'It was a nightmare': Man says dirty Airbnb ruined his family's vacation

SALISBURY, N.C. — Joseph Lee said an Airbnb rental ruined his vacation to Florida this summer.

"It was a nightmare because everyday it was something else," Lee said.

Lee took pictures of mold he told Channel 9 he found in the bedroom, a dirty kitchen, a flat mattress, and knives and alcohol in an advertised kid play area.

"We were held hostage," he said. "We already paid the money."

[Police: SC man taped couple in Airbnb bedroom]

The family cut their vacation short because Lee said Airbnb nor the host would address their concerns.

Lee said when they got home to Salisbury feeling unsatisfied with their $2,000 vacation, he called the North Carolina attorney general. The office sent several letters to Airbnb, which has yet to respond to the state or Channel 9's questions about Lee's complaints.

Airbnb announced plans to make changes after a deadly Airbnb party in California last week.

The online company has banned parties and is promising to verify all 7 million listings to better protect guests like Lee.

This summer, an Airbnb party in uptown Charlotte led to one death.

[ALSO READ: Apartment tenant sued after deadly shooting at Airbnb in uptown]

The new verification process includes reviewing photos, addresses, cleanliness, safety and basic amenities for all its rental homes.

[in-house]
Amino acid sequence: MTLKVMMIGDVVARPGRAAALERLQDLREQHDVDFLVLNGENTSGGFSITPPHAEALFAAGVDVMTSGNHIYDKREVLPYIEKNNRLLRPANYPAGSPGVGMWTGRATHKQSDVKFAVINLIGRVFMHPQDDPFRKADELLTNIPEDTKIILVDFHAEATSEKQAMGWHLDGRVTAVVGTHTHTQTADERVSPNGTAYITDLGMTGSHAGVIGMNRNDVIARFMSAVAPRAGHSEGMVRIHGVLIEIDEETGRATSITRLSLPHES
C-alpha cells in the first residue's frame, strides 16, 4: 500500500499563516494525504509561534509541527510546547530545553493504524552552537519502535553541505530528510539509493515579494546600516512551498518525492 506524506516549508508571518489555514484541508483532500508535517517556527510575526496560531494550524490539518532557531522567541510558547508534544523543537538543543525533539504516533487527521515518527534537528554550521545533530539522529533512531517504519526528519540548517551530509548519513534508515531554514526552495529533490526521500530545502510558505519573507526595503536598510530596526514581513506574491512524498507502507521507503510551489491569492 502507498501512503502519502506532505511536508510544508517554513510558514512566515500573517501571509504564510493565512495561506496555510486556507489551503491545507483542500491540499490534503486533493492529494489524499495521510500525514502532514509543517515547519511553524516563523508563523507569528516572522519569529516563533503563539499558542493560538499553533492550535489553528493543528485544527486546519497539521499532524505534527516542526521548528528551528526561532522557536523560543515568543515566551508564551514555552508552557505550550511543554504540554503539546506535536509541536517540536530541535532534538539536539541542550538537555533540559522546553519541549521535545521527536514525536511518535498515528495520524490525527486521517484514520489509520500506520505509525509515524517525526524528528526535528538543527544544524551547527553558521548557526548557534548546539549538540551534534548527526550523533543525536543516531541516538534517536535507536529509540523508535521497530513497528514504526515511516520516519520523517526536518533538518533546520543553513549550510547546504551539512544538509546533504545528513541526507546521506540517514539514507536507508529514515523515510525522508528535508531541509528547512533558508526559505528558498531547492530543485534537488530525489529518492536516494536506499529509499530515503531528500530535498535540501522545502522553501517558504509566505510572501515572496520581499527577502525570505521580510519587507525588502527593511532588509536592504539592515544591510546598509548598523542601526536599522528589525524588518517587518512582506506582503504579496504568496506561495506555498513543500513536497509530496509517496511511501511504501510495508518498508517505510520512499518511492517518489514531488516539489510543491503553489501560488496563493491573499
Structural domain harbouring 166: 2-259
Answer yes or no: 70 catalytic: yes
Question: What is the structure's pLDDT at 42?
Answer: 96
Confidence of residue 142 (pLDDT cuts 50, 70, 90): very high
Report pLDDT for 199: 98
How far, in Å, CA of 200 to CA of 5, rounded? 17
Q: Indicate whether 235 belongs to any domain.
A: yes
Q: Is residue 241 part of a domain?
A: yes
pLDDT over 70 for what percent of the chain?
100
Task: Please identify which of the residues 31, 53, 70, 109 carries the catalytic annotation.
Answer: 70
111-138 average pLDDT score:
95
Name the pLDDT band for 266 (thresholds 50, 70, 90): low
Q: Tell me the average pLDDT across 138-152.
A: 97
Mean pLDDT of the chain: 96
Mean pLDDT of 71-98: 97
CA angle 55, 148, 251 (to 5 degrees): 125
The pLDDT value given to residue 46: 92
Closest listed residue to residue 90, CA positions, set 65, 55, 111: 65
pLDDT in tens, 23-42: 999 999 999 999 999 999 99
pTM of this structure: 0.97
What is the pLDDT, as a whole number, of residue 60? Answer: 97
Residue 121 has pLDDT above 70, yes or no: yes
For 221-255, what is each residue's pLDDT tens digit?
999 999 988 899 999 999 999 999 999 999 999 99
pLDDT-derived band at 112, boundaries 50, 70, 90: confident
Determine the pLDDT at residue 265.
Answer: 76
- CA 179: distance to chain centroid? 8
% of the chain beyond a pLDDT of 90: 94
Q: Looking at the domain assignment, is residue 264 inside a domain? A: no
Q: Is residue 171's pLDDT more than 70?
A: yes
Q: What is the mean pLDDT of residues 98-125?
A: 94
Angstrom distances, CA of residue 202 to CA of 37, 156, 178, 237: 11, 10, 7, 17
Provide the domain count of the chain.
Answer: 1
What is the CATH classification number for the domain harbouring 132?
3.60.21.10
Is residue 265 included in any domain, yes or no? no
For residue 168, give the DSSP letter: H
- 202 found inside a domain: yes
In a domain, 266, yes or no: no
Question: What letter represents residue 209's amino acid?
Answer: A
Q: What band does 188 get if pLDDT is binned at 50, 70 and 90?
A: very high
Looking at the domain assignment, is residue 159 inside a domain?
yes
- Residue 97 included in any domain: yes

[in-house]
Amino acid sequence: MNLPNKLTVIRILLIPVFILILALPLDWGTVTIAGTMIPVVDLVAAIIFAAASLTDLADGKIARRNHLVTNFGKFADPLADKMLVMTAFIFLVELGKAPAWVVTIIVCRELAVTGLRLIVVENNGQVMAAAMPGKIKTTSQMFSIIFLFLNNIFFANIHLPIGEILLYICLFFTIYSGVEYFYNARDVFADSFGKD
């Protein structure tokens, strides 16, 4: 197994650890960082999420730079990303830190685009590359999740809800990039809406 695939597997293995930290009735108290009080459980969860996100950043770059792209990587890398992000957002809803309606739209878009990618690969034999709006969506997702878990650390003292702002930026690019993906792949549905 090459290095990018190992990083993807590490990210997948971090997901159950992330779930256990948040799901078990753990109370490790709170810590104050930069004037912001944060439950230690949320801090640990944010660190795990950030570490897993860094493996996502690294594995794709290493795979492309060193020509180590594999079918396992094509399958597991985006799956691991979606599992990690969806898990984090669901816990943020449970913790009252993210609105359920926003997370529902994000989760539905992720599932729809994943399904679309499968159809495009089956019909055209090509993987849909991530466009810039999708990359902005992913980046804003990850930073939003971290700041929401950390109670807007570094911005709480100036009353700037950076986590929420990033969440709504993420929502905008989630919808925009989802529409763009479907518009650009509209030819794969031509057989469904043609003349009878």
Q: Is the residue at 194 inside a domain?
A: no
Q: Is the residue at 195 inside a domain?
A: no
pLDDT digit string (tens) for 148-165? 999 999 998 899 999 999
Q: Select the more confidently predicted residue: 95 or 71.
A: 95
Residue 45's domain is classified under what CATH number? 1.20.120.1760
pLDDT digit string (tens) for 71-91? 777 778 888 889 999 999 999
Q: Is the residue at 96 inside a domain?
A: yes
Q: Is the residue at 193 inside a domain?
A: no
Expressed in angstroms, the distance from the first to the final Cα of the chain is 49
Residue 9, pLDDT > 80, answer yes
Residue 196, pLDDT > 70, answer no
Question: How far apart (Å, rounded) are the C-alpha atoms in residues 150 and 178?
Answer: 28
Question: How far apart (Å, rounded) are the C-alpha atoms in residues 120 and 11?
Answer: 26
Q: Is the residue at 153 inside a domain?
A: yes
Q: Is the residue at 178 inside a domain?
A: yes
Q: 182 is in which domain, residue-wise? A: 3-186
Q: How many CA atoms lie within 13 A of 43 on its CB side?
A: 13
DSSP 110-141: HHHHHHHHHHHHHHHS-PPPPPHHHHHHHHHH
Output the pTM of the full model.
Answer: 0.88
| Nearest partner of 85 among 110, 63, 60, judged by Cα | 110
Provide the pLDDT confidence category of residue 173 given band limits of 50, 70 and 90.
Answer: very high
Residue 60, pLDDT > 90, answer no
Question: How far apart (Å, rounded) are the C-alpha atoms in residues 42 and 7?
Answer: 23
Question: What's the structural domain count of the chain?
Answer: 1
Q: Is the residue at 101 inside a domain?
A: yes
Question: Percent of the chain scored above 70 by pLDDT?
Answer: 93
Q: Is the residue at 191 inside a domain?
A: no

The listings that make the cut will be marked as verified online.

Lee doesn't believe it will help his situation.

"Think it’s a little bit too late, you know? They should have thought about this," he said.

A new report shows the number of Airbnb listings is growing faster in Charlotte, than any other city.

[ALSO READ: Charlotte ranks No. 1 for growth in Airbnb listings]

Eryn Feeney is the spokesperson for Rabbu, which manages 50 short-term rental Airbnb properties in Charlotte.

Feeney said they want Airbnb to crack down on fake listings.

"I do hope that Airbnb continues to take the responsibility of protecting guests and hosts seriously," Feeney said.

Rabbu has its own verification process. Feeney said they want to catch guests who may be planning secret parties, so they require government IDs.

They also have a team that works to detect suspicious messages.

You can find more information on Rabbu here.

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